During the excavation of a common grave at Romito Cave in Italy, P. Graziosi discovered the diminutive remains of a person that turned out to be the earliest known case of dwarfism in the human skeletal record. The specimen, known as Romito 2, exhibits features typical of acromesomelic dysplasia, including a high domed skull, compressed cranial base, and extremely shortened diaphyseal lengths. It extends the time span of this genetically determined growth restriction to approximately 10,000 years ago. Besides providing evidence for a greater antiquity of dwarfism than previously known, the fact that this individual reached late adolescence attests to tolerance and compassion of Upper Paleolithic groups for very short individuals. But why should we presume otherwise? In most cases we can mostly only speculate on how little people were treated but let’s be careful with presuming they were treated badly. Such conclusion would probably only reflect our own prejudice. It’s well known that during Egyptian times little people were very highly esteemed managers and caretakers within the royal household, often holding positions that allowed them to acquire wealth and power.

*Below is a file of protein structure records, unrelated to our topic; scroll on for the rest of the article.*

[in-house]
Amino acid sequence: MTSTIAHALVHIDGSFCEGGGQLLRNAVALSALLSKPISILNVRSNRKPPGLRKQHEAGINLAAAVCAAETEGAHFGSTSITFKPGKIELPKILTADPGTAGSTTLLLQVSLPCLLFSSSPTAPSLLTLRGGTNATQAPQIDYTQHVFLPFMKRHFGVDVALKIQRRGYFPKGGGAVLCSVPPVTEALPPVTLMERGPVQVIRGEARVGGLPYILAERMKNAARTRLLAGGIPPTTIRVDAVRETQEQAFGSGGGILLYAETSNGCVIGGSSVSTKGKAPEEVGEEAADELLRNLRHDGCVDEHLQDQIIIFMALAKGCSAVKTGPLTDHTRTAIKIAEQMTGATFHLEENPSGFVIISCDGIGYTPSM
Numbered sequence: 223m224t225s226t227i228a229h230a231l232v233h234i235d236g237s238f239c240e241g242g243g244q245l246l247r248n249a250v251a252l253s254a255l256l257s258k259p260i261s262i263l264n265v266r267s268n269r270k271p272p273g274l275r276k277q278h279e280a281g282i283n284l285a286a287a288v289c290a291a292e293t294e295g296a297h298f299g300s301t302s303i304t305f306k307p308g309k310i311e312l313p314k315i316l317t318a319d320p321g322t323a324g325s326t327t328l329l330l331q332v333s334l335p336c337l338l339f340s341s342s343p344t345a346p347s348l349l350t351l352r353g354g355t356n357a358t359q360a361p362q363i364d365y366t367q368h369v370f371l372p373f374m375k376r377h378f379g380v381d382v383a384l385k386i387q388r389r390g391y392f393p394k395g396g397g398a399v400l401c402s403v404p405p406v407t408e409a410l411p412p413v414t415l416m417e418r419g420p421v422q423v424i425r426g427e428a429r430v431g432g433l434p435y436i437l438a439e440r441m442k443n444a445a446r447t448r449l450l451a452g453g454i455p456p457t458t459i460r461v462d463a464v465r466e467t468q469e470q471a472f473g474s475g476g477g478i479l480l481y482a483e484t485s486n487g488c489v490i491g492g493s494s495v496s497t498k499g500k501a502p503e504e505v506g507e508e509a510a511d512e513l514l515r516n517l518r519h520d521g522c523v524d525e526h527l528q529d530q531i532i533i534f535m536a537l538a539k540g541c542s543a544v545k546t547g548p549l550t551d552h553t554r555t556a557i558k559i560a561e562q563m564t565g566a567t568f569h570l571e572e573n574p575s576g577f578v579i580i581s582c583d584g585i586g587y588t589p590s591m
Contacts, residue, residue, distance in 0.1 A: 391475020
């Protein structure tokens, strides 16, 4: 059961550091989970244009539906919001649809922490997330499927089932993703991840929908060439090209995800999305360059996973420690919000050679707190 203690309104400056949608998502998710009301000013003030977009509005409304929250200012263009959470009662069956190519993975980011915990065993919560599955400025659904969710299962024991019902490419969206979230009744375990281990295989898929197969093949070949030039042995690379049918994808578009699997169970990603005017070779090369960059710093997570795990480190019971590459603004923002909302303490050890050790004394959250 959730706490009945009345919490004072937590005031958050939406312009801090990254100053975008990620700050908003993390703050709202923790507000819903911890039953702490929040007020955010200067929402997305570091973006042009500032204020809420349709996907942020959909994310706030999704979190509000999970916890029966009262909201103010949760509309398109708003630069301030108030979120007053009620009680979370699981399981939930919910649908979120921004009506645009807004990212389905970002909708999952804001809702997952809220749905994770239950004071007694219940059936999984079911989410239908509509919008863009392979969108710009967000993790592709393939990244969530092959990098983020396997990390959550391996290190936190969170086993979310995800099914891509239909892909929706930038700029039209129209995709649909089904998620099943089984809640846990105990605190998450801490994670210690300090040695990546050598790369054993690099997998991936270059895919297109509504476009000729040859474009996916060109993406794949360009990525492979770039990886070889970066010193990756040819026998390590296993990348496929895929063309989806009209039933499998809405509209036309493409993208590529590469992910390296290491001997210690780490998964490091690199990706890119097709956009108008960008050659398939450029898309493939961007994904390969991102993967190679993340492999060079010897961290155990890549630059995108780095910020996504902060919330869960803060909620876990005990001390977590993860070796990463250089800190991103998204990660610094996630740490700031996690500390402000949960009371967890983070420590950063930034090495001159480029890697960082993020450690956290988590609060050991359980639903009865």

Shorter than usual people have been part of human biological and cultural history for a very long time. Dwarfism has infused and enriched our culture. It has expanded the reach of our species (figuratively speaking that is), and it has created the possibility, that hopefully one day soon, we’ll be able to embrace the virtues of a smaller human species. For at least 10.000 years and probably longer, these evolutionary heroes have paved the way, and are still doing so today.